Review by Booklist Review
Of course novelist Markson's latest book is a novel. What else could this rueful combination of fact and fictionalized self-portraiture, this book-length list of odd bits of trivia about artists' lives, most of which perversely focuses on their deaths, be called? The "Writer," as the compulsive, hypochondriac narrator refers to himself, has amassed this quirky collection of seemingly random yet wittily connected data in lieu of writing, an activity he's finding difficult, if not repugnant, what with all his headaches and general malaise. Terse and stoic, he's all over the map, tossing off bulletins about Sappho, Fitzgerald, Blake, Picasso, Flaubert, Emerson, and Mahler; relishing snide remarks artists make about each other; and periodically alluding to his desire to write a novel with no characters, plot, or setting, a mission he slyly accomplishes. Mischievous, funny, and smart, Markson will greatly amuse readers who share his fascination with art and the clash between the sublime and the ridiculous that fractures every artist's life. Donna Seaman
From Booklist, Copyright (c) American Library Association. Used with permission.
Review by Publisher's Weekly Review
Over the course of his career, Markson (Wittgenstein's Mistress; Reader's Block; etc.) has garnered high praise for his erudite, complex texts that challenge notions of genre. He continues to push against the boundaries of fiction with his latest, which echoes the titles of both Magritte's well-known painting of a pipe and a story by Diderot. Lacking plot or characters, this darkly humorous assemblage resembles a commonplace book or a notebook, such as Coleridge's or Emerson's, with entries noting odd facts, quotes and ideas. These entries averaging around 10 per page have the air of memoranda pointing to some future, more fully realized passage that might never materialize. Occasional appearances by someone called Writer ("Not being a character but the author, here") add a note of self-consciousness, reminding us of the performative nature of any work of art. Themes soon emerge: illness, art, fame and hygiene are obvious preoccupations. The entries lead us down the page, maintaining a brisk momentum. There are deaths (Pound of a blocked intestine, Manet of tertiary syphilis), quotations and seemingly out-of-context questions although it is apparent that context is rather beside the point. These references imply some ad hoc, interior encyclopedia: "The legend that as a young man Leonardo was so strong he could straighten a horseshoe with his bare hands." It is best to take Markson at his word and read this not as a novel but as some jester cousin to Pound's Cantos notations that gradually cohere in an underlying progress, a drift toward the momentary reconciliation of art, intellect and mortality. (Apr. 1) Forecast: Markson is at once unpredictable and reliable, to which the inclusion of blurbs from Ann Beattie and David Foster Wallace attests. This book won't appeal for most general fiction readers, but admirers of the author will seek out and savor his latest. (c) Copyright PWxyz, LLC. All rights reserved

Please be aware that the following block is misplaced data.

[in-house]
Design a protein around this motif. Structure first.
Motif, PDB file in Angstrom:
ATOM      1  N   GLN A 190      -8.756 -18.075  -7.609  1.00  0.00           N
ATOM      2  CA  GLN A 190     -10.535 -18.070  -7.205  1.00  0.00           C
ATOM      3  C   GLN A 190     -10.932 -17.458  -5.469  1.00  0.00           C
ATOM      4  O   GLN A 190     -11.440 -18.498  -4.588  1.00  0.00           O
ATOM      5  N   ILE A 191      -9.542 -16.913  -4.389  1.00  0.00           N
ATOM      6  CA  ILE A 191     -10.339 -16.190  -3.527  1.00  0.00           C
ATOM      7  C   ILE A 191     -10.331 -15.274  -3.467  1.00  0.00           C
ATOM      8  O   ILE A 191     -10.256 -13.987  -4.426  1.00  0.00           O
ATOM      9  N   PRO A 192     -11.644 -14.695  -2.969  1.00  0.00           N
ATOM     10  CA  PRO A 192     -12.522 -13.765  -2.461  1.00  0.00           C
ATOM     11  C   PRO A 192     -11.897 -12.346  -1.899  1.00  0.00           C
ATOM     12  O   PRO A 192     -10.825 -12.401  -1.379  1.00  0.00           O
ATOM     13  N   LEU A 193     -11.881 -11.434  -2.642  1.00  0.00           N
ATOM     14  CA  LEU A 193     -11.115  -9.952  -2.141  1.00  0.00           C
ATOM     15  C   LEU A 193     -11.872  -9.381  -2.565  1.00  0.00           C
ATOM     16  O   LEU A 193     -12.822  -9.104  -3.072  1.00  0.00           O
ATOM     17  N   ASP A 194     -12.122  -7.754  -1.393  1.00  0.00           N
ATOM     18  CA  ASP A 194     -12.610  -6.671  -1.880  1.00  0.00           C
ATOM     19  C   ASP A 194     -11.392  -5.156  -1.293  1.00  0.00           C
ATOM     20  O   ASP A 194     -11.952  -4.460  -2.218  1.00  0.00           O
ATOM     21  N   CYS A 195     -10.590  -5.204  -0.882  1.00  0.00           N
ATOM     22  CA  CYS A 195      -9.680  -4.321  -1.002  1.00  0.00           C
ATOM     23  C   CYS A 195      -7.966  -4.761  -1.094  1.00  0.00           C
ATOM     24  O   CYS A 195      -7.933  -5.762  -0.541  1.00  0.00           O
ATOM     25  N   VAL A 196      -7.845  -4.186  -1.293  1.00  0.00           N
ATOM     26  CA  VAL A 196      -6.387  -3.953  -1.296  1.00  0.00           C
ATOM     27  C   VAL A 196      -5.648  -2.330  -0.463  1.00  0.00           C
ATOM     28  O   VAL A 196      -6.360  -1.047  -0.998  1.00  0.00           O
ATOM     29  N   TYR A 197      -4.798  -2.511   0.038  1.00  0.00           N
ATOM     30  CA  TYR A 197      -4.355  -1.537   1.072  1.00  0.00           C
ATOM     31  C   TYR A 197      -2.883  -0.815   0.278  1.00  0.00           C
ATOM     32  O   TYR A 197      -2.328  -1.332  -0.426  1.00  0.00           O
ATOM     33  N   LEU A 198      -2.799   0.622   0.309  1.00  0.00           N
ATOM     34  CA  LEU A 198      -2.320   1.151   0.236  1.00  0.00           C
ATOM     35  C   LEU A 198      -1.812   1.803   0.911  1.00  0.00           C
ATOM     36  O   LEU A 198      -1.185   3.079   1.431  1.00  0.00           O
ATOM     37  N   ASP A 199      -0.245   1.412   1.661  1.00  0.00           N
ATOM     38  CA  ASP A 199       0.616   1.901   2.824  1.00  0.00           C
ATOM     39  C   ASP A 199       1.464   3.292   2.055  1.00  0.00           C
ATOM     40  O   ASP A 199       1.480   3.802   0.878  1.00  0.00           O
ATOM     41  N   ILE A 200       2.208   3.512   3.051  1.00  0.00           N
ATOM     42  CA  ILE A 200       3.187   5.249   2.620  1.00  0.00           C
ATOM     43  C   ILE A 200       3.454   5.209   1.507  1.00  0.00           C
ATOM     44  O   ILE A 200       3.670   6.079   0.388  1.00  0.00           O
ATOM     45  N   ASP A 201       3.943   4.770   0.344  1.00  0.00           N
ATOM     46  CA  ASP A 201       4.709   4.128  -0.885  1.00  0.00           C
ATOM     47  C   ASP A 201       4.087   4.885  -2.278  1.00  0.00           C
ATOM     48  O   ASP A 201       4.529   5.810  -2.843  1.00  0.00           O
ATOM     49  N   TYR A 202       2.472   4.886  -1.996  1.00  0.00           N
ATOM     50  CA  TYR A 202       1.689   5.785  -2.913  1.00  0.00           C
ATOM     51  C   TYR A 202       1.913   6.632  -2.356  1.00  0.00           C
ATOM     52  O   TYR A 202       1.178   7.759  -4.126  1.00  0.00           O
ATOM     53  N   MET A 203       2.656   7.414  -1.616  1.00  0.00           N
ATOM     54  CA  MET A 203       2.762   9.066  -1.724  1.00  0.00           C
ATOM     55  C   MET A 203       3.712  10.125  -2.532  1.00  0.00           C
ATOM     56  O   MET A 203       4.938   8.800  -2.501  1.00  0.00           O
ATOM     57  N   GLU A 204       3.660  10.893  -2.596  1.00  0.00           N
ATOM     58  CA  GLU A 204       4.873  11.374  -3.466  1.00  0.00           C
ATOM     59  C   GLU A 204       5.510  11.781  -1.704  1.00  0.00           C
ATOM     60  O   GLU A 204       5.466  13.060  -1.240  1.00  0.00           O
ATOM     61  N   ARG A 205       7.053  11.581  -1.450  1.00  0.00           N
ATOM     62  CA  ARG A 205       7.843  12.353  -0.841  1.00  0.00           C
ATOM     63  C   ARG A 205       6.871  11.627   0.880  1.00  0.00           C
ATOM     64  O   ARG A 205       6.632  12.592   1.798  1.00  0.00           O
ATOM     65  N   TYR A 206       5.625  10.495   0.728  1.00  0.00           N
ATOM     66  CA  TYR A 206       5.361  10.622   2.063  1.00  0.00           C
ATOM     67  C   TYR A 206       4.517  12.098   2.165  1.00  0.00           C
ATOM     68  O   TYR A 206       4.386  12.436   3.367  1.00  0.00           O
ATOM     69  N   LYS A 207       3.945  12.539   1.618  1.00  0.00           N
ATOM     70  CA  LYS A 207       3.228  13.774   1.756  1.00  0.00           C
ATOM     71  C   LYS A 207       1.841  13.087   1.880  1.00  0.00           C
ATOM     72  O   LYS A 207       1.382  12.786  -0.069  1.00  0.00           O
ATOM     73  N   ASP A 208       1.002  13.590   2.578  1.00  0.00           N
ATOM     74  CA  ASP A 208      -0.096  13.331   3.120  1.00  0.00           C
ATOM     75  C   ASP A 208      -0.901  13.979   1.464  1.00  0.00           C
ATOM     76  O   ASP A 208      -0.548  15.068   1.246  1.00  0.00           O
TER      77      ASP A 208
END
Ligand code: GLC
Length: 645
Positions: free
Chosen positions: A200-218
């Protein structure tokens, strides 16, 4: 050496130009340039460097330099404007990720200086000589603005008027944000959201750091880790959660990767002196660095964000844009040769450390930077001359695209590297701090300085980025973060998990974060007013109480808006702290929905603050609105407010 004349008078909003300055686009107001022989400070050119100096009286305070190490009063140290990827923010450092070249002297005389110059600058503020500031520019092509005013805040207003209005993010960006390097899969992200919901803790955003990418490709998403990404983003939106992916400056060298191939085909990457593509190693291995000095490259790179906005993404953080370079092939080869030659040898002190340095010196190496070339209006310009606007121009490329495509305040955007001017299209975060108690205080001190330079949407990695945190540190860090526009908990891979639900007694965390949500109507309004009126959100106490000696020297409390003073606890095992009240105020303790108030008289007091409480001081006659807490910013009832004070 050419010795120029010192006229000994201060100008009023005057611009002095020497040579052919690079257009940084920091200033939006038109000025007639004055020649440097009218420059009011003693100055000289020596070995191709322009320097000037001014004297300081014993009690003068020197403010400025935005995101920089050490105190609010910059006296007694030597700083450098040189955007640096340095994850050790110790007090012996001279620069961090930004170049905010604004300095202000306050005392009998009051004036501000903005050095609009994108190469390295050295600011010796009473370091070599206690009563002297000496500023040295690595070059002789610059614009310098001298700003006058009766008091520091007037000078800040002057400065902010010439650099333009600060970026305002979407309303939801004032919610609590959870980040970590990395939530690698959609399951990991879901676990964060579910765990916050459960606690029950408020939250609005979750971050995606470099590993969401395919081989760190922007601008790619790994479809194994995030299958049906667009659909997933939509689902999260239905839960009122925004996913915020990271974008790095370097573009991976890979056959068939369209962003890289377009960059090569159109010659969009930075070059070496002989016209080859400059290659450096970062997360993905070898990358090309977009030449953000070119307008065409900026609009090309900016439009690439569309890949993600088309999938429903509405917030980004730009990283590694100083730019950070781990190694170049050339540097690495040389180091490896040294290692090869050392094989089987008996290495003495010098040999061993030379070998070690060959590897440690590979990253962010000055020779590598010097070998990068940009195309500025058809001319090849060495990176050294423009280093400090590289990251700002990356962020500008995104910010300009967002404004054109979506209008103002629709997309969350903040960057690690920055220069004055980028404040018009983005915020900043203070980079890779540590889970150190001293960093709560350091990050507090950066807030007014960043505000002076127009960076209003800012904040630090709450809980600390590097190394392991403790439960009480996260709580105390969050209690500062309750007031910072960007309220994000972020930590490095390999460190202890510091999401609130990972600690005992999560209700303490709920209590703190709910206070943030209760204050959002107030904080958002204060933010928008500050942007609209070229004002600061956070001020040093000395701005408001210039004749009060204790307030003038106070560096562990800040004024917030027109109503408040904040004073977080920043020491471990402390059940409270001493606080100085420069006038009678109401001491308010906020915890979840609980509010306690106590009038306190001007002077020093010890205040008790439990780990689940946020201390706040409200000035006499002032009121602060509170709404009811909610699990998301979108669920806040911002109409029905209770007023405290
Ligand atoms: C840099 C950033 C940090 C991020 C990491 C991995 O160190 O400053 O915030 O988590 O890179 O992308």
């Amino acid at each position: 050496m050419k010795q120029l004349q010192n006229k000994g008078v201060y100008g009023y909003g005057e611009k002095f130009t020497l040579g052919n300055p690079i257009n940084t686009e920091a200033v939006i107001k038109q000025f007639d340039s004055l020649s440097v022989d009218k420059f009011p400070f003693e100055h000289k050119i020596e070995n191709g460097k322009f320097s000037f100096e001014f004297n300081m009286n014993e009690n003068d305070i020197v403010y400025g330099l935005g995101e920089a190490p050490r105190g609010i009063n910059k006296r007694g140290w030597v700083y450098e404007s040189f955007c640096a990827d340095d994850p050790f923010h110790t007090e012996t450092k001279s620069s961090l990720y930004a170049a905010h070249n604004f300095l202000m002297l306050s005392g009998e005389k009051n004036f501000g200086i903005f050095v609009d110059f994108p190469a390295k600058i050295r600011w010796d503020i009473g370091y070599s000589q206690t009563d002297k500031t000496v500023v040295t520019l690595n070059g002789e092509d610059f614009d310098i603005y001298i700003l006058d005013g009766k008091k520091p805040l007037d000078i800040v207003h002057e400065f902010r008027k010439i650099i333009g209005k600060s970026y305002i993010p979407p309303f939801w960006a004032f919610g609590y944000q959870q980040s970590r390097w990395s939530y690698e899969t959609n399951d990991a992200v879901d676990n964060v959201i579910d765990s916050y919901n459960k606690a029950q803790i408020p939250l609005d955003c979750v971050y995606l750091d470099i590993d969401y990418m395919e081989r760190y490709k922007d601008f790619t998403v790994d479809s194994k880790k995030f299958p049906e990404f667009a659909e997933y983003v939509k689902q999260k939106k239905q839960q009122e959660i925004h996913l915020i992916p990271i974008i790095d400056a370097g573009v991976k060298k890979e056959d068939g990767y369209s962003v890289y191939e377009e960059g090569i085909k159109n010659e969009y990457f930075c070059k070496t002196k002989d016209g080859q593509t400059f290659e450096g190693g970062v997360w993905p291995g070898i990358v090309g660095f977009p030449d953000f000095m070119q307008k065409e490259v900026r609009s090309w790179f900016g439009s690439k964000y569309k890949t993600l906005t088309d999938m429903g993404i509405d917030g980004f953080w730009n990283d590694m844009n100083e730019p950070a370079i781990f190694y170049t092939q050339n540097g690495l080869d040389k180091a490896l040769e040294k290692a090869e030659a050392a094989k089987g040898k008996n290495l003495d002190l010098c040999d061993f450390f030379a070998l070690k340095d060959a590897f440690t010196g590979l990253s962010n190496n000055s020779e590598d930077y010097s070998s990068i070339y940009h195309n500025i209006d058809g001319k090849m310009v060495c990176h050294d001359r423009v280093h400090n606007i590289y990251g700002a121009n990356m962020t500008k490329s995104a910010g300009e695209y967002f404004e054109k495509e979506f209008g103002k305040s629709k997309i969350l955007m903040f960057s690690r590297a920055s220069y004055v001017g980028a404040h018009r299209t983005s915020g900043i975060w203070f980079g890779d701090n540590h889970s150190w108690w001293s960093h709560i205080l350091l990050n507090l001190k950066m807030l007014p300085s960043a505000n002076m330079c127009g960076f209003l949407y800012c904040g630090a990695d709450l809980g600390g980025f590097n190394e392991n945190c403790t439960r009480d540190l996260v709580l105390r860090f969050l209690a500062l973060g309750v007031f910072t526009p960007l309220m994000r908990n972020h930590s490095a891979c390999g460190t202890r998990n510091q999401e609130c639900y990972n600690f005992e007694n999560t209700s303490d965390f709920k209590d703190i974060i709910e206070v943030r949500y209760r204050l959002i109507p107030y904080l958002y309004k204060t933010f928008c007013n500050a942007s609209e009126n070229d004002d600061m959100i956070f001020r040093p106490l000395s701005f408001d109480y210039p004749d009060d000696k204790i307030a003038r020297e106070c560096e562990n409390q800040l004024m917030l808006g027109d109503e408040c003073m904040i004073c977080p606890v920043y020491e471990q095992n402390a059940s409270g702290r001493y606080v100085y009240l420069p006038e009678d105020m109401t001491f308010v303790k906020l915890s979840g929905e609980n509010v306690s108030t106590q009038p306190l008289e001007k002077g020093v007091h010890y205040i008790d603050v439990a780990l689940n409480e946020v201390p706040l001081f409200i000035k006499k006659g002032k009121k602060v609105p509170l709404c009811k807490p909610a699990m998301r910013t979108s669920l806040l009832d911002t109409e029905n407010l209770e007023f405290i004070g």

(c) Copyright PWxyz, LLC. All rights reserved
Review by Kirkus Book Review
From the erudite and extraordinary Markson: a sequel to Reader's Block (1997) that has the same high, literary shenanigans as the earlier volume but adds a newly deepened tone as the author looks unblinkingly into the eye of lifeand death. The author, known only as "Writer," has plenty to say indeed, though admittedly in the most pared-down manner possible, via a booklength list (as before) of quotations, observations, and statements, all organized into a veritable word-orchestra of leitmotif, allusion, repetition, and subtle but steady growth toward the most meaningful end there can be. No page is eventless in the unceasing flow of this particular river, where a random dip, for example, finds the leitmotif " Timor mortis conturbat me . / The fear of death distresses me," followed by "Life consists in what a man is thinking of all day," and concluded by "Longevity all too often means not a long life but a long death," attributed to Democritus. Gloomy? Sure, but also, without fail, interesting, the one thing left of true importance that the modern writer can be. Markson's listout-Whitmaning Whitmantouches on death on every page, but also on art and the cost of achieving it. Why does Writer want to write "A novel with no intimation of story whatsoever," one that's "Plotless. Characterless," and also symbol-less. Well, Writer wants something new, something real, something authentic, something that isyesart. And he wants it before the death that (Writer lets us know) is increasingly imminent. More than once, Writer cautions us that we must pay attention, be attentive. And so, paying attention, read on through Writer's closing pages: subtle, inventive, ineffably moving. Not to the taste of all, true, but wondrous proof, from one of our few worthy successors to Beckett, that in a literary age mainly of entertainment the art-novelthe true-novelcan still take wing.
Copyright (c) Kirkus Reviews, used with permission.